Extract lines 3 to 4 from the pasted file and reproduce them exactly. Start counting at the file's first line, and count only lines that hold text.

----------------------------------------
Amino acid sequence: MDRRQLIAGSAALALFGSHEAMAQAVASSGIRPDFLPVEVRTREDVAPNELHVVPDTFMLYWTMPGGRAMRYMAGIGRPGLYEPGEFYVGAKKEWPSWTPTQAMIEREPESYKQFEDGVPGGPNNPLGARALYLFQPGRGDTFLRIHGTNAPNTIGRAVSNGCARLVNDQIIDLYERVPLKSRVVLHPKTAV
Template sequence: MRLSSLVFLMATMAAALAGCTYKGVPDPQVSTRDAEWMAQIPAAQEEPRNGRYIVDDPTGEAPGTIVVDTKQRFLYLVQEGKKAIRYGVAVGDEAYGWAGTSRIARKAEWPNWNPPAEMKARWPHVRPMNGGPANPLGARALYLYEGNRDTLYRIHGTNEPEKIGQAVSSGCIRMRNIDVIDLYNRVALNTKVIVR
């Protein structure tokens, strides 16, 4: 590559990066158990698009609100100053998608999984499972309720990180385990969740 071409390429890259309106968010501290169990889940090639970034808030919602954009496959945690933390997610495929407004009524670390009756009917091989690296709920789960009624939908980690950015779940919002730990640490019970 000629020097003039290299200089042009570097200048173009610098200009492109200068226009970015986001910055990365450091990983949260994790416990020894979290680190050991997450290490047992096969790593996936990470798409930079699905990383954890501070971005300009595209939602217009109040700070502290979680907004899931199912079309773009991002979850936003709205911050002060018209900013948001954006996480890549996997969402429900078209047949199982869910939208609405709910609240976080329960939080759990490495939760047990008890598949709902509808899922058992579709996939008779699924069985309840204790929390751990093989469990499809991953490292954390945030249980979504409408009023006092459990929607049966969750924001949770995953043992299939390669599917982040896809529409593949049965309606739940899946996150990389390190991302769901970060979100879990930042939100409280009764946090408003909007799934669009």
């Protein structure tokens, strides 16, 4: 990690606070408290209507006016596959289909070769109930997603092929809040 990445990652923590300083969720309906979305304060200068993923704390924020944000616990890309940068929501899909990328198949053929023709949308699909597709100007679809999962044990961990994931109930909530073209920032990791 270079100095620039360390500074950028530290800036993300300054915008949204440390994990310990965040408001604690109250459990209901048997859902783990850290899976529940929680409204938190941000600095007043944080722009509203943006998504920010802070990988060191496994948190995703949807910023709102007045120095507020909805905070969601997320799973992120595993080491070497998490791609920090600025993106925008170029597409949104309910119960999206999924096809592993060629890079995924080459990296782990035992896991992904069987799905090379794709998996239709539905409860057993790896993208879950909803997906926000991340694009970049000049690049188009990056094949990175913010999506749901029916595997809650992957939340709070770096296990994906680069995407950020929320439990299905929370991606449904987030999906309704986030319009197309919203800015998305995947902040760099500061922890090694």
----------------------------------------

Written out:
């Protein structure tokens, strides 16, 4: 590559990066158990698009609100100053998608999984499972309720990180385990969740 071409390429890259309106968010501290169990889940090639970034808030919602954009496959945690933390997610495929407004009524670390009756009917091989690296709920789960009624939908980690950015779940919002730990640490019970 000629020097003039290299200089042009570097200048173009610098200009492109200068226009970015986001910055990365450091990983949260994790416990020894979290680190050991997450290490047992096969790593996936990470798409930079699905990383954890501070971005300009595209939602217009109040700070502290979680907004899931199912079309773009991002979850936003709205911050002060018209900013948001954006996480890549996997969402429900078209047949199982869910939208609405709910609240976080329960939080759990490495939760047990008890598949709902509808899922058992579709996939008779699924069985309840204790929390751990093989469990499809991953490292954390945030249980979504409408009023006092459990929607049966969750924001949770995953043992299939390669599917982040896809529409593949049965309606739940899946996150990389390190991302769901970060979100879990930042939100409280009764946090408003909007799934669009």
């Protein structure tokens, strides 16, 4: 990690606070408290209507006016596959289909070769109930997603092929809040 990445990652923590300083969720309906979305304060200068993923704390924020944000616990890309940068929501899909990328198949053929023709949308699909597709100007679809999962044990961990994931109930909530073209920032990791 270079100095620039360390500074950028530290800036993300300054915008949204440390994990310990965040408001604690109250459990209901048997859902783990850290899976529940929680409204938190941000600095007043944080722009509203943006998504920010802070990988060191496994948190995703949807910023709102007045120095507020909805905070969601997320799973992120595993080491070497998490791609920090600025993106925008170029597409949104309910119960999206999924096809592993060629890079995924080459990296782990035992896991992904069987799905090379794709998996239709539905409860057993790896993208879950909803997906926000991340694009970049000049690049188009990056094949990175913010999506749901029916595997809650992957939340709070770096296990994906680069995407950020929320439990299905929370991606449904987030999906309704986030319009197309919203800015998305995947902040760099500061922890090694």